We have no significant debt maturities before November 2021 when the R2,2 billion (US$150 million) term loan becomes due. In terms of the covenant waivers with the lenders that existed at 30 June 2020, we remain obliged to use certain planned disposal proceeds to settle debt. As a result, R14,3 billion (US$975 million) has being classified as short-term debt.

We continue to actively manage the balance sheet with the objective of maintaining a healthy liquidity position and a balanced debt maturity profile.

Dividend

Given our current financial leverage and the risk of a prolonged period of economic uncertainty, the Board believes that it would be prudent to continue with the suspension of dividends. We expect the balance sheet to regain flexibility following the implementation of our comprehensive response plan strategy.

Mozambique Production Sharing Agreement (PSA) progresses

On 19 February 2021 the Board approved the final investment decision (FID) on the Mozambique PSA license area. The total estimated project cost is US$760 million.

Importantly, this project will entail Mozambique in-country monetisation of gas through a 450 megawatt gas-fired power plant and a liquefied petroleum gas (LPG) facility in the same time frame. The balance of the gas produced will be exported to South Africa to sustain our operations.

The PSA development underpins Sasol's gas transformation strategy by securing additional gas supply from southern Mozambique into Sasol's gas value chain starting 2024 and serves as a cornerstone in addressing Sasol's sustainability agenda.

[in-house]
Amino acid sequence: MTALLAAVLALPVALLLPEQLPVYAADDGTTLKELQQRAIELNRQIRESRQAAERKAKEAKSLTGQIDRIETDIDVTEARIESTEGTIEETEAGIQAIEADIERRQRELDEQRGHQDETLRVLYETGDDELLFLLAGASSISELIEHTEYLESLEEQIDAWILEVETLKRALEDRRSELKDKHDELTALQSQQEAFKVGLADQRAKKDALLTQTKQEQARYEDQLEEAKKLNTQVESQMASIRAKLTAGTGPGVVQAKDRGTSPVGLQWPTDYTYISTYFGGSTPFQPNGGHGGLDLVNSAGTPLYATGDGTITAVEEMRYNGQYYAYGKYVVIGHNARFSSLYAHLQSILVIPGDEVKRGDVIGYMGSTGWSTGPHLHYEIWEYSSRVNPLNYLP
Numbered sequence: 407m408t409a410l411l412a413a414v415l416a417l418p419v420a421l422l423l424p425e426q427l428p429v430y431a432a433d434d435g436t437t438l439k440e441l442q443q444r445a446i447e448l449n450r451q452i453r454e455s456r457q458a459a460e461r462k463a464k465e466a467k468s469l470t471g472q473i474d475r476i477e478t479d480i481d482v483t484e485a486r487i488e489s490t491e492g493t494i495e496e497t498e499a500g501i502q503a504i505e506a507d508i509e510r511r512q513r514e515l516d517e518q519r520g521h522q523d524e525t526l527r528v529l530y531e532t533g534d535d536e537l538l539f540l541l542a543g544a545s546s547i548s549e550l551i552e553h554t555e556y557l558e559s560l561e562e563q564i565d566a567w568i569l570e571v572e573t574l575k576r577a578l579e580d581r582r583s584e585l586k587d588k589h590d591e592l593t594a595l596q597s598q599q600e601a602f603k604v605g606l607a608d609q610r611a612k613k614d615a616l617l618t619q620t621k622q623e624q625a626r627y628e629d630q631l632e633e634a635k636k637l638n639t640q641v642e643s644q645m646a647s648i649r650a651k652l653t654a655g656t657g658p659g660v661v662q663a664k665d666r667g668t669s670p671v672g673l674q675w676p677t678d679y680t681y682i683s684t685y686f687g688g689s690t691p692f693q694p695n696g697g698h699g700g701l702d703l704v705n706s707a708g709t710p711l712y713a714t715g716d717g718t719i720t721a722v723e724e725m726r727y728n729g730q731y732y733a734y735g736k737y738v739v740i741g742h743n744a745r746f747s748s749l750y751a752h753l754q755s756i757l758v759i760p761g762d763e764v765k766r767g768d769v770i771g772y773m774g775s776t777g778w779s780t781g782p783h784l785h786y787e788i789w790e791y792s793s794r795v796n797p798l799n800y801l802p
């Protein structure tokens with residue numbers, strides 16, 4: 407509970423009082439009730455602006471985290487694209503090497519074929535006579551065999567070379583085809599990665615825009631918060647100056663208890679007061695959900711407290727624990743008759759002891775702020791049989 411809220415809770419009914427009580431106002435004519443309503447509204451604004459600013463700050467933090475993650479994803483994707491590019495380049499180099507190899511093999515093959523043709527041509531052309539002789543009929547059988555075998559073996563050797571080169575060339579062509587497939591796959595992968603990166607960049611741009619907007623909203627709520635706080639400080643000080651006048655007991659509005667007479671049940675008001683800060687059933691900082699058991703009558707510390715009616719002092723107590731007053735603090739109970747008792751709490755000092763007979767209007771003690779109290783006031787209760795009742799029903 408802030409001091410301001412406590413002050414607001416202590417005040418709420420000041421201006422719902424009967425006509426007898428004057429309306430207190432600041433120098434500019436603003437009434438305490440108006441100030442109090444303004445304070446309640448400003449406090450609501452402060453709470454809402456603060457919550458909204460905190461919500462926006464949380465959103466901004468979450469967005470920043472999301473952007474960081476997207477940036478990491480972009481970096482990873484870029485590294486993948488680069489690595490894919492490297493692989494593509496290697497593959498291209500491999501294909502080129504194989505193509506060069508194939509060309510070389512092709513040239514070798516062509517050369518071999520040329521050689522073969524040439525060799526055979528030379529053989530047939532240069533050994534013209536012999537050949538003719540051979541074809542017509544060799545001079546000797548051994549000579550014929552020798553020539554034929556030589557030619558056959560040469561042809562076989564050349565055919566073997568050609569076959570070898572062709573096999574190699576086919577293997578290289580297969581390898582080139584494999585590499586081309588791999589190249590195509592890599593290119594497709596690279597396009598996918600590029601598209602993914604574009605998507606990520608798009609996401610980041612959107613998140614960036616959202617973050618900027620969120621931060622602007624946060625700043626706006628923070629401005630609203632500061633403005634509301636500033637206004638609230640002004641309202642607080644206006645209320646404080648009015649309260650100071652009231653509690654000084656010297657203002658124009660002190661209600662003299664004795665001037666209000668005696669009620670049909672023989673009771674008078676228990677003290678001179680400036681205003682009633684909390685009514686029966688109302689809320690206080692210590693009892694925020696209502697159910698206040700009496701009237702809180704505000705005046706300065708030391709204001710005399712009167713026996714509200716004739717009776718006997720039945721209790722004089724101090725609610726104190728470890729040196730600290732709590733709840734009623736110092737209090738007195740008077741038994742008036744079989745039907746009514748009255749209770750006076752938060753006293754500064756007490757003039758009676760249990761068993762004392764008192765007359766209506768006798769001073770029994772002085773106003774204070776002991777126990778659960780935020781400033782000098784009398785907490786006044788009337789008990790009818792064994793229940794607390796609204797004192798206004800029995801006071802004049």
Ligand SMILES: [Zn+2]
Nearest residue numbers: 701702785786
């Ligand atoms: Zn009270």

Sasol may, in this document, make certain statements that are not historical facts that relate to analyses and other information which are based on forecasts of future results and estimates of amounts not yet determinable. These statements may also relate to our future prospects, developments and business strategies. Examples of such forward-looking statements include, but are not limited to, statements regarding exchange rate fluctuations, volume growth, increases in market share, total shareholder return, executing our growth projects (including LCCP), oil and gas reserves and cost reductions, including in connection with our BPEP, RP and our business performance outlook. Words such as “believe”, “anticipate”, “expect”, “intend", “seek”, “will”, “plan”, “could”, “may”, “endeavour”, “target”, “forecast” and “project” and similar expressions are intended to identify such forward-looking statements, but are not the exclusive means of identifying such statements. By their very nature, forward-looking statements involve inherent risks and uncertainties, both general and specific, and there are risks that the predictions, forecasts, projections and other forward-looking statements will not be achieved. If one or more of these risks materialise, or should underlying assumptions prove incorrect, our actual results may differ materially from those anticipated. You should understand that a number of important factors could cause actual results to differ materially from the plans, objectives, expectations, estimates and intentions expressed in such forward-looking statements. These factors are discussed more fully in our most recent annual report on Form 20-F filed on 28 August 2018 and in other filings with the United States Securities and Exchange Commission. The list of factors discussed therein is not exhaustive; when relying on forward-looking statements to make investment decisions, you should carefully consider both these factors and other uncertainties and events. Forward-looking statements apply only as of the date on which they are made, and we do not undertake any obligation to update or revise any of them, whether as a result of new information, future events or otherwise.
 
Please note: One billion is defined as one thousand million. bbl – barrel, bscf – billion standard cubic feet, mmscf – million standard cubic feet, oil references brent crude, mmboe – million barrels oil equivalent. All references to years refer to the financial year 30 June. Any reference to a calendar year is prefaced by the word “calendar”.